So, focus on emotion and not on rationality.
Here is a very good example from a company called Razer, with its Mamba Elite mouse.
To give you some context, Razer is a very popular brand in the competitive video game (e-sport) industry. Its customers have a higher than average level of technological knowledge. However, that's not going to stop Razer from being VERY UNDERSTANDABLE.
Here are the tech specs that can be found at the bottom of the sales page.
Can you only understand half of it? No? Okay, that's normal. Do you think that giving this type of information to just any prospect is going to convince them?
No, so speak with "emotion". Here’s how Razer does it.
This last image is the most representative of this copywriting technique. By using this mouse you’ll never lose a game because you’ll always hit your target.
By buying this product, your customer will always perform well and will be able to reach the level that he wants. He will dominate his opponents.
How did Razer get to this type of sales page?
Easy, they know their client well: he's very competitive.
They then analyzed which characteristics meet this objective:
- Enhanced precision for gaming
- Product with a better grip (so no discomfort when using it)
Each time, Razer looked at a characteristic and asked themselves the question: So what? Because offering a benefit is more important than offering a product feature.
By doing this exercise, you’ll find your Key Benefit.
This is the benefit that’s the most valuable to your customer, and that's what Razer states at the top of its sales page, "You stay on target even during intense action”.
So, remember: Benefit > Characteristic
4 X 4
You now have your USP, your Lead and you know what benefits your client is looking for.
Now, let's get closer to execution: what needs to be on my sales page?
First, a title.
- The 4 U’s
The title is the most important element of your copywriting, as that’s the trigger that makes your reader want to click. That’s the case when it comes to Google searches, to your email inbox and, partly, when it comes to Facebook ads (the visuals play a big part too).
AWAI pointed out that all the most effective titles had the same criterion. They answered the "4 U's".
4 U’s meaning:
- Unique: you won’t find this content anywhere else
- Useful: you solve a problem
- Ultra-Specific: meets a real expectation
- Urgent: this content must be consumed as soon as possible
The closer you get to meeting these 4 criteria, the stronger your title according to AWAI.
Let's use the title of this article as an example: Advertising Copywriting: X Unique Methods to Write Like a Pro
- Unique: The methods!
- Useful: You’ll be able to write like an industry professional
- Ultra-Specific: We’re talking about advertising and writing, not just writing. We also mention the term “copywriting” which is not used in just every context.
- Urgent: You can’t start running ads until you’ve read this article.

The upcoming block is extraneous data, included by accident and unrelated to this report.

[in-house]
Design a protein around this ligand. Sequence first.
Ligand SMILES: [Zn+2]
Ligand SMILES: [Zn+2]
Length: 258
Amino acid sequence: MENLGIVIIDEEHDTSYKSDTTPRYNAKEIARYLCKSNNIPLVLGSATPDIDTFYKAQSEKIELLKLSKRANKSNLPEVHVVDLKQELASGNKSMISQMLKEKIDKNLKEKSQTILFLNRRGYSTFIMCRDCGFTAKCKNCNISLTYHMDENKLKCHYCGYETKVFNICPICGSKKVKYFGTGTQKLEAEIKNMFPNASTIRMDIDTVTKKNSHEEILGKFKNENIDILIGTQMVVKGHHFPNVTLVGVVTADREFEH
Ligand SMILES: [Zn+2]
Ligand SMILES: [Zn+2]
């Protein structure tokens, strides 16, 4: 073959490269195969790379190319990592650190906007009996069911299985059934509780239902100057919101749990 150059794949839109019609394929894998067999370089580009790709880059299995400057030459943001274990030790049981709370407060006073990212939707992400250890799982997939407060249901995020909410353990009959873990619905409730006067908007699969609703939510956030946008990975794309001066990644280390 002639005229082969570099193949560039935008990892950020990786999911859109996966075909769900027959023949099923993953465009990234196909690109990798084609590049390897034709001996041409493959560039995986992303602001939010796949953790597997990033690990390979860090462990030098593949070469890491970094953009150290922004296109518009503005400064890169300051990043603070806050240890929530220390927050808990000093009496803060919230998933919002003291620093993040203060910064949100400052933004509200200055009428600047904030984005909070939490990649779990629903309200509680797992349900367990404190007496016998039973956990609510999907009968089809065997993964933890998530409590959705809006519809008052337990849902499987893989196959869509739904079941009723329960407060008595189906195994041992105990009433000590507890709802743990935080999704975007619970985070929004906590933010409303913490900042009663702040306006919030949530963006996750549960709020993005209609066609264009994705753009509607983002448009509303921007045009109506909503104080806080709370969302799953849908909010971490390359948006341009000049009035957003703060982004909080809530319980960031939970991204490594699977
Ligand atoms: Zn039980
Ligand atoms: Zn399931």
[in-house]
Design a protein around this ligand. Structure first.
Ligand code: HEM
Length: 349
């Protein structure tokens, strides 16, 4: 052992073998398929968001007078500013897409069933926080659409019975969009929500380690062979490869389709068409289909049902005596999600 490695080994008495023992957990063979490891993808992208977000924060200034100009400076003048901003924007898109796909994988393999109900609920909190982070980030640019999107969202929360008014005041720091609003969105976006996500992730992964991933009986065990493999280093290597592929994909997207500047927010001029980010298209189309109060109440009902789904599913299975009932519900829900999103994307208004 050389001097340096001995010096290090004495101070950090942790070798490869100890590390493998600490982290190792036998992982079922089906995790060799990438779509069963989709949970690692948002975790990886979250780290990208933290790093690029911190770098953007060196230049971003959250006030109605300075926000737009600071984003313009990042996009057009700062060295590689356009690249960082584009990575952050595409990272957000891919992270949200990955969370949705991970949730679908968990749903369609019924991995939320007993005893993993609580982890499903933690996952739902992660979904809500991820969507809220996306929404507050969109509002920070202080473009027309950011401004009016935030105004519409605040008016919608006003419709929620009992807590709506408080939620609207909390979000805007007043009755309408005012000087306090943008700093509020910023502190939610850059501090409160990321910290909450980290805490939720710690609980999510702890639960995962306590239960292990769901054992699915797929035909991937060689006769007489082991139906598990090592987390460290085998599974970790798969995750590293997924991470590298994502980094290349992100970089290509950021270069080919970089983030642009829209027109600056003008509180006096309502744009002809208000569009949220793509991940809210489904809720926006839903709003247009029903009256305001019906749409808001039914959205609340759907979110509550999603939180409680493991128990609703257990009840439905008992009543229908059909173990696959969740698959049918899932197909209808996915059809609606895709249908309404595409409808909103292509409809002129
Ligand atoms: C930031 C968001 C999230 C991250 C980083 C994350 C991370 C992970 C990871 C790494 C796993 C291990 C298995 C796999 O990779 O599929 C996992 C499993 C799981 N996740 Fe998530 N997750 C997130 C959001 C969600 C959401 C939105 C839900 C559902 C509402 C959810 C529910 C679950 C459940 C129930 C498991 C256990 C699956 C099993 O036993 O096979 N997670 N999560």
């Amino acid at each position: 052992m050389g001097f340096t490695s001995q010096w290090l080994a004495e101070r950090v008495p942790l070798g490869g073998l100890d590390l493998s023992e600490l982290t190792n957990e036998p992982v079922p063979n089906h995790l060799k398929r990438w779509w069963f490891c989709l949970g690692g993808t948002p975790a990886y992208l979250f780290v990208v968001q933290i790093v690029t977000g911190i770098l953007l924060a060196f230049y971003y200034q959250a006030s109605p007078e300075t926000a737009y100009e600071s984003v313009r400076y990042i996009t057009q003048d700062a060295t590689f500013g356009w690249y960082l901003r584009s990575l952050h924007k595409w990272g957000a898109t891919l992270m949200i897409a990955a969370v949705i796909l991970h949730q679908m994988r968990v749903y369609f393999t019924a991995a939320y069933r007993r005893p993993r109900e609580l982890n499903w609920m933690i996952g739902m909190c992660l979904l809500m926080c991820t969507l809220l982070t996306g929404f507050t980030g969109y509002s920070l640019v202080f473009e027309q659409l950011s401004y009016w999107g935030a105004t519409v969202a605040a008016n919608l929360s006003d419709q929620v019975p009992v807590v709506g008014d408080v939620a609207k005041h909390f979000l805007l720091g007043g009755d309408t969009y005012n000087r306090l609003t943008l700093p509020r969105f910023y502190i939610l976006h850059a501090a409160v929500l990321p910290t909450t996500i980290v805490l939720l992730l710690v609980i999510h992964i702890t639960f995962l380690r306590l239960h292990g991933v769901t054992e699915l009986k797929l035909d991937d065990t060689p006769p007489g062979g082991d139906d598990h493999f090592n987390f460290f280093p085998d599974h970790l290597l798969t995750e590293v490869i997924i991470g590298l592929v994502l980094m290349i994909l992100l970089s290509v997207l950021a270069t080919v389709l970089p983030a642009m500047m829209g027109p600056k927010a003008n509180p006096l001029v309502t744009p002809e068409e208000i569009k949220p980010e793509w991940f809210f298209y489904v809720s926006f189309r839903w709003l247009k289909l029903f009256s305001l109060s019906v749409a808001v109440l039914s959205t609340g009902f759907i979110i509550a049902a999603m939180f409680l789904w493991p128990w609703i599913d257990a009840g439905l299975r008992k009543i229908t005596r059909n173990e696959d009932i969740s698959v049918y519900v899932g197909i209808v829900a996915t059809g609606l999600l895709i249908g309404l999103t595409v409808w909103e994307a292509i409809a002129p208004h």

To start off, I would recommend that you write a long title, as it's difficult to come up with a short title from the start (mine could certainly still be shortened). With a long title, you have all the elements in front of you. All that remains is to find shorter formulas.
To demonstrate this, here's what I started from:
"Write your ads and sales pages like a professional with these X unique & essential methods."
Blue becomes Advertising Copywriting → we still understand which industry we’re talking about
Purple becomes Pro → a widely accepted abbreviation in everyday language
Red becomes Unique → They are therefore unique
2. The 4Ps of copywriting
Prior to this training, I knew about the 4Ps of the marketing mix (Place, Product, Price, Promotion) but I had no idea that copywriting also had its own.
Yet, I was quickly convinced by this method.
Here are the 4Ps:
I'll explain them in more detail.
Everything we’ve seen before leads us in this direction: make a promise to your reader. And keep it until the very end (not just at the start).
Your reader wants to make a change in his life. He’s not simply buying a product/service but a transformation, thanks to a benefit. So incorporate it into this new picture. He needs to be able to feel everything you tell him.
Your clientele needs proof. This can be testimonials from your customers, studies or "endorsements" by professionals attesting that what you offer works.
Clearly explain what you expect from your prospect once they’ve finished reading. Don't just say "contact us", but rather "fill out the attached form to get your project started". The vaguer you are, the more effort you require from your prospect, and that’s not the right technique.
To give you an example, I refer you to my article about the Lady Boss' Lead Magnet and her sales page.
You’ll find all the elements that I’ve just mentioned. But be careful, you don't need to go that far with your copywriting. Just make sure that you understand the added value of each of the elements that she presents.
I hope that you will have understood the following: if you want to get into copywriting, you have to follow these steps:
- Know your client perfectly
- Understand how your product/service is different from others
- Choose an angle of communication according to the stages that the customer may go through
- Formulate benefits (from product characteristics) and highlight the Key Benefit
- Follow a structure that allows the client to understand, picture himself, but above all believe in your promise (with tangible proof).